A Challenging Legislative Environment - Democratic and Republican Staff Directors Provide Legislative Outlook for Energy Policy
Climate Change Insights 2016-12-05
In a Politico sponsored event this morning, the Republican and Democratic Staff Directors for the Senate Energy and Natural Resources (SENR) Committee both called this current Congress “the most difficult legislative environment” since either one of them has worked on Capitol Hill. This sentiment is common on the Hill with a divided Congress and deep ideological and partisan divides.
Yet, the SENR Committee historically has worked well together on a bipartisan basis. For instance, Chairman Jeff Bingaman (D-NM) and Ranking Member Lisa Murkowski (R-AK) worked together last year to pass through committee the American Clean Energy Leadership Act, which would have established a renewable energy standard, authorized additional offshore development and created a Clean Energy Deployment Administration (CEDA). The full Senate, however, never considered this bill.
As discussed at today’s breakfast, Chairman Bingaman and Ranking Member Murkowski are again working together on attempting to pass bipartisan legislation. The SENR Committee will hold a markup on Thursday where it could consider a number of bills related to energy efficiency, alternative vehicles, and small modular nuclear reactors. Additionally, Bingaman and Murkowski have worked to address concerns regarding legislation that would establish a CEDA. As noted by Democratic Staff Director Bob Simon, this legislation can spur clean energy development and create jobs by providing needed capital to some clean energy projects.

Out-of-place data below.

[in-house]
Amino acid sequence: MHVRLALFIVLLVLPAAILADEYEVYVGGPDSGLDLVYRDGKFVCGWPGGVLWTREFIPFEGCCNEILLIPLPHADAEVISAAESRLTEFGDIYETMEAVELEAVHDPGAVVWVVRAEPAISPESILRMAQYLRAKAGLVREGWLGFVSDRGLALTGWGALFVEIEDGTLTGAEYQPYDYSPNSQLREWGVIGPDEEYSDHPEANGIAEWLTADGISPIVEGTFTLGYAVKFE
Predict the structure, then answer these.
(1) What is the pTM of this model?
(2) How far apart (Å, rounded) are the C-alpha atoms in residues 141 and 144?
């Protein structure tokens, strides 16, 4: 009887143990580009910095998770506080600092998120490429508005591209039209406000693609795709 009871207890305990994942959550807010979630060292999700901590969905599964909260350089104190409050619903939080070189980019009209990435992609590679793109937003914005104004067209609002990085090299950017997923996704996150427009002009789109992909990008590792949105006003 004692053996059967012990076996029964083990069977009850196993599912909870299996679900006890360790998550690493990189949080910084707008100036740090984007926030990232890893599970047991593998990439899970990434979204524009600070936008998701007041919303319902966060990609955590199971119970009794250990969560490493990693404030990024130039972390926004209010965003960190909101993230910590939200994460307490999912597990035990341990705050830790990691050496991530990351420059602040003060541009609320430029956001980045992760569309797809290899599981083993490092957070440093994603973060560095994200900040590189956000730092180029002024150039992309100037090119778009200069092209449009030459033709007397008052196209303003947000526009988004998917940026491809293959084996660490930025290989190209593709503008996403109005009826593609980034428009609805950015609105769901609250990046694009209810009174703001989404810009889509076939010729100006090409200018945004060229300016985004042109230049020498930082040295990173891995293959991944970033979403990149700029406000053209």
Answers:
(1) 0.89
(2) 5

There are, however, some issues that the committee will likely be unable to find consensus on this year. At the breakfast, Simon indicated that committee Democrats and Republicans are unlikely to find a compromise on a clean energy standard (CES). Republicans are arguing that any standard should also preempt EPA’s GHG rules. Nonetheless, Simon stated that Senator Bingaman will likely float a CES bill later this year, and the Committee could hold hearings.
Despite the impasse on a CES, the Committee will likely act on a number of bills at Thursday’s hearing. It is unclear, however, whether the Senate can find time in its schedule to take up these measures. Even if these bills were to pass the Senate, the ideological opposition by many House Republicans to any enhanced role for the government in energy markets would make it difficult for these measures to pass. As the Staff Directors stated, a challenging legislative environment indeed.